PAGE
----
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Universal plasma project recognized with award

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Nonwovens Innovation & Research Institute (NIRI) has led a consortium of medical specialists to win the prestigious Collaborate to Innovate (C2I) Award for their Sanguis universal plasma project.

The Engineer C2I Awards, in partnership with EngineeringUK and EPSRC, recognize the very best in UK technology-led collaborations and innovations in engineering and the Healthcare and Medical Award celebrates collaborative innovations in this truly life-changing and hugely competitive field.

NIRI’s award-winning Sanguis universal plasma project combined textiles and chemistry innovation in a project that could transform transfusion services and help save lives. Currently, only blood group AB plasma can be given to anyone, but only 4% of the UK population has this blood type, meaning a constant pressure on supply, whether in hospital, emergency or military scenarios.

Working in partnership with NHS Blood and Transplant (NHSBT) and Macopharma, the Sanguis project has developed a process to remove ABO antibodies from donated human plasma, creating universal plasma which can be used to treat people of any blood type.  Key to the process is a fabric-based immunoadsorption filter, developed and patented by NIRI.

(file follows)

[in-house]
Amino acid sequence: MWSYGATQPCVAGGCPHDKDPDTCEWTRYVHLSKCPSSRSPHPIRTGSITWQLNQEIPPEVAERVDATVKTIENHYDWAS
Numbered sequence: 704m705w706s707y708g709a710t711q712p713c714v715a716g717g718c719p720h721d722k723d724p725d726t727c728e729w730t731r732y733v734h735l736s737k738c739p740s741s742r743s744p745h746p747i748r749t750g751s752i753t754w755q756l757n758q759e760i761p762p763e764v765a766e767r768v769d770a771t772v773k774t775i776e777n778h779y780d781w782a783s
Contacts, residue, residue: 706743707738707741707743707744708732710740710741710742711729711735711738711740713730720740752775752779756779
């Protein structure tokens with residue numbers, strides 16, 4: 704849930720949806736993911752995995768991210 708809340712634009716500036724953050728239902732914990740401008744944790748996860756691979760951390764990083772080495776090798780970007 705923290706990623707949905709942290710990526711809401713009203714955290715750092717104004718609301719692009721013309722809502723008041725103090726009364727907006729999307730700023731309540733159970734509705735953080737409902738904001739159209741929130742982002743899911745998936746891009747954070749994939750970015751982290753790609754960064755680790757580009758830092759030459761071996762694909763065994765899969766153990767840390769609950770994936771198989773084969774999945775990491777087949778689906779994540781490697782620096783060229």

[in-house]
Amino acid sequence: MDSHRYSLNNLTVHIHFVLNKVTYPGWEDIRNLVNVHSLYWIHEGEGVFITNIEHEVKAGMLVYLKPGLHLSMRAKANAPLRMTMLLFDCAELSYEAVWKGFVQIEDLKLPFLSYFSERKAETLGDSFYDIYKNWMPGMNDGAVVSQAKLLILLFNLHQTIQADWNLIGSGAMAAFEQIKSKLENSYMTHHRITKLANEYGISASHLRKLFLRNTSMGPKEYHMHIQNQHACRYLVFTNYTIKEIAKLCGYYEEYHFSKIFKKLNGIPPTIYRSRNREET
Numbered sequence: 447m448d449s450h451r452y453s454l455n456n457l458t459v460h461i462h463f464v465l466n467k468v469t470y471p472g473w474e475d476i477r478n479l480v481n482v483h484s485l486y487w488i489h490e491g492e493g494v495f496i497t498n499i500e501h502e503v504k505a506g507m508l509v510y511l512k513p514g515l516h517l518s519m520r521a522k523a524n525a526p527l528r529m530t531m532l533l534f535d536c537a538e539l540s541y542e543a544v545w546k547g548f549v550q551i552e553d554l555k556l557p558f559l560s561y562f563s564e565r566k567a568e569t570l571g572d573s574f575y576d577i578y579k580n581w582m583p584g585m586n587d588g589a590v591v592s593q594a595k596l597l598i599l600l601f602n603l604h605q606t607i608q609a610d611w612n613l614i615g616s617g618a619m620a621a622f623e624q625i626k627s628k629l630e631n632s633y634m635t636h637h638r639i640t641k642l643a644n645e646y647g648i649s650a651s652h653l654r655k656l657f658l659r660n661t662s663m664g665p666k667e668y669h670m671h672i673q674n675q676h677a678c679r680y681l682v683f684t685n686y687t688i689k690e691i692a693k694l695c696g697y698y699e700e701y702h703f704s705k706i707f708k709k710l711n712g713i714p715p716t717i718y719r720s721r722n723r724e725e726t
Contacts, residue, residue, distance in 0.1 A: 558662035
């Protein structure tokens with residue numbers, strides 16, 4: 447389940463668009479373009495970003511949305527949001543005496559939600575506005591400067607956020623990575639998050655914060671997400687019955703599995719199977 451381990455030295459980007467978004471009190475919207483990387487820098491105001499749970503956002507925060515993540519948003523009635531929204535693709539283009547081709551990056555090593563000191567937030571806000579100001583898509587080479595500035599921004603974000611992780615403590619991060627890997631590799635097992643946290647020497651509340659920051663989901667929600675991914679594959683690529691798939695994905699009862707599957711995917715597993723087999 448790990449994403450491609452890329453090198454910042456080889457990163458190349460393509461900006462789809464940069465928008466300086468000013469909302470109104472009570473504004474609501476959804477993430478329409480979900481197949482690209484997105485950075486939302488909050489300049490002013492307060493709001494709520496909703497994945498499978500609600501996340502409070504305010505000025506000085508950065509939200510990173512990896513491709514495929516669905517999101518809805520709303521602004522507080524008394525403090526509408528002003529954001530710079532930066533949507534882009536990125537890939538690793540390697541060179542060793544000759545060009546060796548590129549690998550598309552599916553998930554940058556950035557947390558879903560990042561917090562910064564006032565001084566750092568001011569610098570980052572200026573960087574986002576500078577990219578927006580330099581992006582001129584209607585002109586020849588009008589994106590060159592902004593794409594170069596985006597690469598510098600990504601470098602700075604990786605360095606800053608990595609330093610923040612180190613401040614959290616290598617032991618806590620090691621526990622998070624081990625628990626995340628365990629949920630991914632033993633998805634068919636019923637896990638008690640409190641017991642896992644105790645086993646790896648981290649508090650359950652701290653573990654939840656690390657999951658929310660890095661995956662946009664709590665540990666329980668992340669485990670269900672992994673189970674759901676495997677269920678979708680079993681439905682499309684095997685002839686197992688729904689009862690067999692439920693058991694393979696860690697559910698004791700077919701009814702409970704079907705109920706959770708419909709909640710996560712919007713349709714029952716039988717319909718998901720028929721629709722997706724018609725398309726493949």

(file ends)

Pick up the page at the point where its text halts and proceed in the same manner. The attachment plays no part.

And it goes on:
With a global market value in excess of £350 million for therapeutic plasma, the Sanguis universal plasma project envisages potential savings of £20 million to the UK health service alone. Outside of the UK, and to encourage global penetration, NIRI and the consortium members currently plan to offer the filtration technology as an add-on, rather than integrated directly into blood collection sets, allowing it to be used with any type of blood pack, enabling global access, and work is now underway to scale up the nonwoven filter production process.

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